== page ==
Earliest Printed Map To Detail The Mission San Juan Capistrano and Environs
Rare plan of the Forster Addition, within the City of San Juan Capistrano, showing the Mission San Juan Capistrano and surrounding neighborhoods.
The lands covered are those which originally were acquired by Don Juan Forster in 1844, including the Mission and the present location of the Railroad Station in San Juan. Several of the streets named in the subdivision remain the same, although the subdivision plan does not match the current street configuration. The map is extremely rare, with the only recorded example in the Honeyman Collection.
This is the earliest printed map to include in some detail the Mission San Juan Capistrano, issued in the same year that the US Coast & Geodetic Survey issued San Juan Capistrano and vicinity, California ..., by William H. Benton. The map was issued one year after the development of "San Juan By The Sea," approximately one mile south of the land shown on this map of Forster's Addition: http://hdl.huntington.org/cdm/ref/collection/p15150coll4/id/2887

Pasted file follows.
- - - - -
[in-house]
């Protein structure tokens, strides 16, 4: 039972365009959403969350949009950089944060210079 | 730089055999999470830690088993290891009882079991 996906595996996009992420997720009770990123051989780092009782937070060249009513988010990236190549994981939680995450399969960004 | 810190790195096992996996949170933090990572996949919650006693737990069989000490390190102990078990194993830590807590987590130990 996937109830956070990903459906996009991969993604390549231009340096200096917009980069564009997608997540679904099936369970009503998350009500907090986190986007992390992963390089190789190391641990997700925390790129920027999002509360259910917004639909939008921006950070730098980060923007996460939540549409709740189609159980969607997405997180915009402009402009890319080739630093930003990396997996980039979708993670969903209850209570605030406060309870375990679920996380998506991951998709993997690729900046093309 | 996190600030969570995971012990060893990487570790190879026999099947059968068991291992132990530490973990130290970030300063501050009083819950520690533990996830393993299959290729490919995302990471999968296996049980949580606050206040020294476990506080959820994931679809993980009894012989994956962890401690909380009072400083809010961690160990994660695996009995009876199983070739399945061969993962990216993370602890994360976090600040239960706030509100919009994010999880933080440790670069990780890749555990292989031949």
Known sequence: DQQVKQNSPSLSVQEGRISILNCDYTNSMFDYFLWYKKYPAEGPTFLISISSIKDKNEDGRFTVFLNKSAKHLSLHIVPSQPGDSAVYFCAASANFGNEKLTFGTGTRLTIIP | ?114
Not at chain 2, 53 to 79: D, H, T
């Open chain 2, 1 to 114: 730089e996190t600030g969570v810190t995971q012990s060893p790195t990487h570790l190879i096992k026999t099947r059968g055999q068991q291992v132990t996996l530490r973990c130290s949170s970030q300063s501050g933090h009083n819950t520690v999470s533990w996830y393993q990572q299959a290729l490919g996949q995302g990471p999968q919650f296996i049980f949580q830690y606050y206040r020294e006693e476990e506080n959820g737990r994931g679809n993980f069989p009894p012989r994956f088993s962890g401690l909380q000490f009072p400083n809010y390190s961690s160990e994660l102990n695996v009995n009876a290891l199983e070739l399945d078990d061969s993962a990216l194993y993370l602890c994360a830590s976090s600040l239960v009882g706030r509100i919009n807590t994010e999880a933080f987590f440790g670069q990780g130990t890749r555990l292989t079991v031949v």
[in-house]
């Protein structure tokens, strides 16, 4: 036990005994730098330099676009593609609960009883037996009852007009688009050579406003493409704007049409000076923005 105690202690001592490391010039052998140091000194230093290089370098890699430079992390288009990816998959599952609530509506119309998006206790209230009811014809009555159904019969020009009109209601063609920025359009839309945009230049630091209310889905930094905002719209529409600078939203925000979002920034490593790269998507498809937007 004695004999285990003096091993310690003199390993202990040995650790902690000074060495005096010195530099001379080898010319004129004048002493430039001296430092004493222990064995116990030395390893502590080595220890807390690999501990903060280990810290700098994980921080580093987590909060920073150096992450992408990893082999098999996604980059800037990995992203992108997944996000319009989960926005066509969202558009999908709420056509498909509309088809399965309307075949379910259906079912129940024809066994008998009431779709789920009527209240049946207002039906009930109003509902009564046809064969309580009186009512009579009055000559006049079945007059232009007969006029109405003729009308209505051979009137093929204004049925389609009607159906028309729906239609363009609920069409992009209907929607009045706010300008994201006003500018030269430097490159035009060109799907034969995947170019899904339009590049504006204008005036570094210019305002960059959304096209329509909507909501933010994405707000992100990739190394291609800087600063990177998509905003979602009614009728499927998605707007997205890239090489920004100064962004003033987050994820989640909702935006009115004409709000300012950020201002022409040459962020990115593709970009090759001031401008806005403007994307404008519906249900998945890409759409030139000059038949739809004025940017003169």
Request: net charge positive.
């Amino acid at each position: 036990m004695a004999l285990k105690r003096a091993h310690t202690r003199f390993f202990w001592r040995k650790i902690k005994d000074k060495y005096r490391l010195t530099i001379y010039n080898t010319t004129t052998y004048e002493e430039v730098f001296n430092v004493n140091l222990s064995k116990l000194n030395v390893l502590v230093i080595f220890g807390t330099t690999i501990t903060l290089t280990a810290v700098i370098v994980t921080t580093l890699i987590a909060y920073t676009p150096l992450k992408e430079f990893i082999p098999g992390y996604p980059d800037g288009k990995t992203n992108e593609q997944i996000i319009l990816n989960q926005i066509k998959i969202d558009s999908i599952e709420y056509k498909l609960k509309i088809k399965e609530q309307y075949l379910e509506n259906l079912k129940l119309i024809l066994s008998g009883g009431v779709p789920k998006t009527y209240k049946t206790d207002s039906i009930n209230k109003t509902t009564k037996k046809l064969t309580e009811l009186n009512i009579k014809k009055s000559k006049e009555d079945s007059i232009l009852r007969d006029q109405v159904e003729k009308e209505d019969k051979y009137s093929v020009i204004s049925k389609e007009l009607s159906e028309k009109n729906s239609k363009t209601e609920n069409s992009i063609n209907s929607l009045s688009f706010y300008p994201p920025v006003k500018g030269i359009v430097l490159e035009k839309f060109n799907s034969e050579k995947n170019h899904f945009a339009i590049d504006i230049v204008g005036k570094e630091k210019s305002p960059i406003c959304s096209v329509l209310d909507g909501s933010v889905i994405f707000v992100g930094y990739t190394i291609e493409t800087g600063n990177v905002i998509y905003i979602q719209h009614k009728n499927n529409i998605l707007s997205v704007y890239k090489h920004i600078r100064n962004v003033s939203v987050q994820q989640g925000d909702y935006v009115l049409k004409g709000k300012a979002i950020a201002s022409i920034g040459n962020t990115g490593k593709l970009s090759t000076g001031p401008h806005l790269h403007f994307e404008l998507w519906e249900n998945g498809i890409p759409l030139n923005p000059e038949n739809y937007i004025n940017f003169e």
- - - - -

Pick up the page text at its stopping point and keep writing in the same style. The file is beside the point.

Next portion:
John "Don Juan" Forster was born in 1815 in Liverpool, England. At 17, he traveled to Mexico to work for his uncle in Guaymas, Mexico. He became the captain of one of his uncle's ships. In 1836 he became a Mexican citizen and was living in Los Angeles where he worked as a shipping agent at San Pedro. Later he was also Captain of the Port of San Pedro. In 1837 John married Dona Ysidora Pico, sister of Pio Pico the Governor of California. Forster began acquiring land in the 1840s as a result of his connection with Governor Pico. Among his acquisitions was Rancho Trabuco and Rancho Mission Viejo in modern Orange County and Rancho San Felipe and Rancho de la Nacion in San Diego County. In 1844 Forster and James McKinley purchased the old ruins of Mission of San Juan Capistrano for $710. Forster lived in the Mission until 1864, when it was given back to the Catholic Church by President Abraham Lincoln.
In 1846, the United States and Mexico were at war and Governor Pico fled to Mexico, leaving Forster in charge of Pico's ranch, Santa Margarita y Las Flores, which today is Camp Pendleton. On his return to California, Pico borrowed large sums of money from Forster to cover his gambling debts. By 1864 Forster offered to pay $14,000 and assume all of Pico's current debts in return for the deed to rancho Santa Margarita y Las Flores. The Picos, Pio and Andres, agreed, and Forster became the largest landowner in California, eventually holding over 200,000 acres.